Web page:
The mechanism is expected to go a long way in promoting cultural, economic, academic and other links between the two ancient civilisations.

During his three-day visit, Wang is scheduled to attend a series of engagements in the Indian capital, including attending an India-China media forum and a think-tank conclave, sources added. He is also likely to meet Prime Minister Narendra Modi and visit Aurangabad during the visit.

Sources said the two countries were keen to make 2019 even better for normalising ties and promoting people-to-people exchanges. A lot of bilateral exchanges were planned between the two countries in 2019, including a visit by Chinese President Xi Jinping. But the President’s visit would take place probably after the Lok Sabha elections in India.

The visit comes within a month of Wang holding the 21st round of boundary talks with National Security Adviser Ajit Doval in Chengdu in China’s Sichuan province. Wang and Doval are the designated Special Representatives (SRs) of the two countries on the vexed boundary issue. The two SRs had decided maintain peace and tranquillity along the India-China border and expedite a solution to the boundary issue. The two countries are also close to arriving at an agreement for setting up a hot line between their defence ministries.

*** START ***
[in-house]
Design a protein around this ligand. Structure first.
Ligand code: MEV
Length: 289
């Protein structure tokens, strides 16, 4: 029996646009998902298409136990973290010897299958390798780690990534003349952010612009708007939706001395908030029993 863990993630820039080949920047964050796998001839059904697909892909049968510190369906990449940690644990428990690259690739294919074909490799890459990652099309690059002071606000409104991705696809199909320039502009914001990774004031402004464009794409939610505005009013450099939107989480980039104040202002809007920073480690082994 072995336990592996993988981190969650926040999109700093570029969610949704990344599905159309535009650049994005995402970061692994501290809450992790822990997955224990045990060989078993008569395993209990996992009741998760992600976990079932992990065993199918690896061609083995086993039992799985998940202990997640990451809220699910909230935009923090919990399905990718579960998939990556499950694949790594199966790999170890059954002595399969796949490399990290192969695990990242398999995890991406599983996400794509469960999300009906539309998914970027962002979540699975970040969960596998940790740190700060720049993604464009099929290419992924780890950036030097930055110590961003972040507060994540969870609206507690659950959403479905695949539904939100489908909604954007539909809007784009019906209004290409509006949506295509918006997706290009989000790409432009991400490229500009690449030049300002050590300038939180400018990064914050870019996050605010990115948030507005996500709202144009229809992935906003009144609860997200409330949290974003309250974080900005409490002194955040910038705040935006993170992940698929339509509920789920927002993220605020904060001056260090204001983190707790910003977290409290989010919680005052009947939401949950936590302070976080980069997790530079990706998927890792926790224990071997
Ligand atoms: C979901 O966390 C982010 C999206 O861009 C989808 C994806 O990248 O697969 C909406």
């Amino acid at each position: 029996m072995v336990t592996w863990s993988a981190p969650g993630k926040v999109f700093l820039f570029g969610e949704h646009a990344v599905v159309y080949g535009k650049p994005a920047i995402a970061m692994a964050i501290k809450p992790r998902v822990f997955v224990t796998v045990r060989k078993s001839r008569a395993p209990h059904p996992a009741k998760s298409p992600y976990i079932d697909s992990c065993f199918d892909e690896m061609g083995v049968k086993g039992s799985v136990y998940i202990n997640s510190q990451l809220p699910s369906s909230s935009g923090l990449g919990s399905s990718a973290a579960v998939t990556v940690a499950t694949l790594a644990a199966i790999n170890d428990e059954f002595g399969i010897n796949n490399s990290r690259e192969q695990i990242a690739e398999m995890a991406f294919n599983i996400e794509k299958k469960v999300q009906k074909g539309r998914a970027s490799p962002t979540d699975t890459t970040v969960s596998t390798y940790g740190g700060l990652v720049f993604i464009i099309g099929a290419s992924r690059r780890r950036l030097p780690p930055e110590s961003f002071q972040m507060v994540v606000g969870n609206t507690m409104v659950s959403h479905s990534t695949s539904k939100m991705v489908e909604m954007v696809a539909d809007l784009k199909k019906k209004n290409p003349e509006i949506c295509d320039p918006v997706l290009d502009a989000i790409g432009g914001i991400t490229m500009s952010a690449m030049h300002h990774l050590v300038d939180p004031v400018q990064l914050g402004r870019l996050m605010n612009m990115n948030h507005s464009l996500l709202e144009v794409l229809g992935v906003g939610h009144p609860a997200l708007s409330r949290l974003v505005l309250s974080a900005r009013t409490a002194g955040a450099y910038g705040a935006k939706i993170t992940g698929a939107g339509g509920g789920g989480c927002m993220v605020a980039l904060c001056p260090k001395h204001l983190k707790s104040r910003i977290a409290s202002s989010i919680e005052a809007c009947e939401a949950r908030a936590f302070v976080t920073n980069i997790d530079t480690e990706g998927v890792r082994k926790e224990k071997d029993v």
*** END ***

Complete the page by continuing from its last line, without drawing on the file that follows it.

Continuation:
Last week, Foreign Secretary Vijay Gokhale held talks with Chinese Vice-Foreign Minister Kong Xuanyou and reviewed the progress made in bilateral ties.

Sources said there has been a perceptible improvement in India-China ties since PM Modi met the Chinese President in Wuhan for an informal summit in April. Since then, the two leaders have met thrice this year, their last meeting having taken place in Argentina on the margins of the G-20 Summit recently.

‘’Both countries are working very hard to implement the consensus reached between the two leaders (Modi and XI),’’ sources added, noting that efforts were on by both sides to put last summer’s Doklam military stand-off behind them.